I don’t have any BFFs haha. I thought that was a Paris Hilton thing.

7. We gotta ask, are we gonna see the stache this year?

Maybe.

8. Who were the riders that influenced you as you studied Pro Cycling?

No one.

9. We know all Pro’s are tough, but besides the obvious (Jens Voigt) who are hardest of hard men in the current peloton?

Dan Martin the little Irish Man is.

10. Any races you haven’t gotten to ride in that are on your cycling bucket list?

The TDF of course.

Life/other:

1. How does one meet and go out with a Podium girl?
You should start off with looking like a mechanic. When Jen (my fiancee) and I met, she figured I was a mechanic because of the mustache. And then you got to shock her by getting on the podium. I passed her a note on the stage at sign-in the day after I accepted the Best Young Rider jersey at the Tour of Missouri. We kept in touch after I flew back to Europe and the rest is history.

Tour of Missouri Jen, Podium Hostess & Steven 2009

2. Tell us about your upcoming charity ride.
Its called the Giro Bello Classic and 100% of the money goes to two very important charities that I have chosen. One is for Myeloma and Blood Cancer research and the other is to eradicate the Polio disease in poor parts of the world. Limited to 500 entrants and filling up fast. Check out.

www.girobello.com

3. We know you are an outdoors enthusiast – If there was a Survivor season for Pro cyclists, what special skills would help you win?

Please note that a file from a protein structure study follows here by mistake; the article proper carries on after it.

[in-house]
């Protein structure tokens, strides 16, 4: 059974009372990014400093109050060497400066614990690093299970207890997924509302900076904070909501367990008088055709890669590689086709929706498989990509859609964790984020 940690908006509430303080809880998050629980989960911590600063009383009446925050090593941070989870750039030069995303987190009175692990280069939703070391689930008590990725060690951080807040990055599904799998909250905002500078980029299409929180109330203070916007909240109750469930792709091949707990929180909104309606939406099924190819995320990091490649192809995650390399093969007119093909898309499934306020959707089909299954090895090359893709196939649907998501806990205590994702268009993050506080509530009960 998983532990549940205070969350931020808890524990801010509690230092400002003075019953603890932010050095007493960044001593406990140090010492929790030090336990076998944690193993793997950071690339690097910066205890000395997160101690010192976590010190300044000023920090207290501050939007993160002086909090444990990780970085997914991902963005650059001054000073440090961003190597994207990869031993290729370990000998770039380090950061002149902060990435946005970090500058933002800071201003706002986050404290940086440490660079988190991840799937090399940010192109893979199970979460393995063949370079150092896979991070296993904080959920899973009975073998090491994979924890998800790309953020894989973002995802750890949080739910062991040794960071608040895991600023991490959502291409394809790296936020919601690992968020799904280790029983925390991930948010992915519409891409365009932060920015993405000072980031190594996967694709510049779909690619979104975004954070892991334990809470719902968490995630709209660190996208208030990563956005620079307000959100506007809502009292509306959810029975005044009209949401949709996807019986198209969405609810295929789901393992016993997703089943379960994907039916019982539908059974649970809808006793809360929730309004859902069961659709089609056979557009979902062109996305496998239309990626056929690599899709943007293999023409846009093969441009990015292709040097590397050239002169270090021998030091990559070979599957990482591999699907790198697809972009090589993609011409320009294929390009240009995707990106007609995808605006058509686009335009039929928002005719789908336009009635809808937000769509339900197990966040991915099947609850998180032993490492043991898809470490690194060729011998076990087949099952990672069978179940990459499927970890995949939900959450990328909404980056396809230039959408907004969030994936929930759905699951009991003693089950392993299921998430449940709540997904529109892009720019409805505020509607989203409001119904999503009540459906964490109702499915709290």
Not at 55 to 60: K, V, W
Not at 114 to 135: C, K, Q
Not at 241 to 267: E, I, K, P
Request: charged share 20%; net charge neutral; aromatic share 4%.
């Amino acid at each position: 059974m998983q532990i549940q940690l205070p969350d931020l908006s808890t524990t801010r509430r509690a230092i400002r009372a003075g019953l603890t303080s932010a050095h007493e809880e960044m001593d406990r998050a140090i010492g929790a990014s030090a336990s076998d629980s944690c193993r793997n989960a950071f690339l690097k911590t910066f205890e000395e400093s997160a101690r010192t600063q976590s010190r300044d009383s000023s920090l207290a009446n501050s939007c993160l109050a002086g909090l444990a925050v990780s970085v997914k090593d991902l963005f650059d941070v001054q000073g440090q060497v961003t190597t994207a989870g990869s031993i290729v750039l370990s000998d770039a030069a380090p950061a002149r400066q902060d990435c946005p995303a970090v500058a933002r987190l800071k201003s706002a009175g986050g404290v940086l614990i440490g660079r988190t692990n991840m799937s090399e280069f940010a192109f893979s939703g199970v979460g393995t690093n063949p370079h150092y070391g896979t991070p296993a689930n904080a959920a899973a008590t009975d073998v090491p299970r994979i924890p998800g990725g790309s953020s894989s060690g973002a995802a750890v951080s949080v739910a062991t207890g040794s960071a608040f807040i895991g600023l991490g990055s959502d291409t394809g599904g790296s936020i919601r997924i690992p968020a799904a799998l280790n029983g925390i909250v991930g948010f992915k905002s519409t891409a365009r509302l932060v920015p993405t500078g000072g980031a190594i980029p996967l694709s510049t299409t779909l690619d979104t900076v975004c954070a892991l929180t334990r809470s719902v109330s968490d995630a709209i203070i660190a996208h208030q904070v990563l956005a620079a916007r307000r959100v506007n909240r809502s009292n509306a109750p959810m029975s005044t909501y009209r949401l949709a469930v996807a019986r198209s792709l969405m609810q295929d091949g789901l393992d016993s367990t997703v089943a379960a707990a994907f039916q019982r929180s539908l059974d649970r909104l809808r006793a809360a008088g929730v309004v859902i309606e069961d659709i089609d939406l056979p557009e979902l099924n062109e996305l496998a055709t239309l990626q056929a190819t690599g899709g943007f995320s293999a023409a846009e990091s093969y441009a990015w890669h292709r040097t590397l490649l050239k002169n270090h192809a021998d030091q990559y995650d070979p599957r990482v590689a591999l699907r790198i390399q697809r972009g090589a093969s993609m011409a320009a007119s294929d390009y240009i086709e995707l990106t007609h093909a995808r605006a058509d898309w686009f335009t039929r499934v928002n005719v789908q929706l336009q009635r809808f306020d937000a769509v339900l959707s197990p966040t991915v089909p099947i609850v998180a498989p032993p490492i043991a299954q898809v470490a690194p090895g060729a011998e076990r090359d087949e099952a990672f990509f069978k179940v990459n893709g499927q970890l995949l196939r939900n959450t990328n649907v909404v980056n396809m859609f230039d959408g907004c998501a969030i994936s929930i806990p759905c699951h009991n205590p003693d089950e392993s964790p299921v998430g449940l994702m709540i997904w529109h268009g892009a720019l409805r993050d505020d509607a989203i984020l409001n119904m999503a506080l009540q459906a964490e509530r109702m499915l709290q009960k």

Me being an Eagle scout would help me along with my insane will to survive any situation or challenge and to never give up.

4. You have been to Everest base camp, how did that come about? Any plans on climbing Everest when you retire?

I have always loved hiking. Everest is the mother of all mountains, so just going to base camp at 18,500 feet was incredible. I hope to go back one day with Jen and hike the Annapurna circuit.

Steven with Dad, Scott at Mt. Everest Base Camp October 29, 2004

5. Obviously not a pressing issue, but after you retire from cycling, what are your career/life plans? Top secret.

6. Outside of politics and religion we feel this is one of the more polarizing questions we can ask: The band Cold Play good or evil? Ha Cold Play. Terrible. Can’t stand their music one bit.

7. If you could go to dinner/have a drink with 5 living people who would they be?

Ali, the other four would be homeless people that I’d treat to dinner

"Muhammad Ali A Courageous Human Being"

"A Hero of Social Justice"

 

"A Great Warrior Inside The Ring and Outside The Ring"

One Response to “Brett Richard of Handlebar Mustache Apparel Interview Steven Cozza, Team NetApp”

  1. Bryguyf69 says:

    Steven’s been an inspiration of mine since Scouting for All. Being gay and a non-Christian, he gave me hope knowing that people like him exist. He chose to fight for gays although he was straight. That inspired me to also volunteer outside my “comfort zone,” including famine relief in Africa and women’s issues. Steven is a part of gay history, and we couldn’t ask for a better role model. Although we’re the same age, he’s done more for society by age 15 than I hope to do in a lifetime. It’s wonderful to see him be successful — and inspirational — in this new phase of his life. All my best to Steven, his girlfriend and his dad.

    PS – I had a crush on Steven when we were both 13 and I still do! :)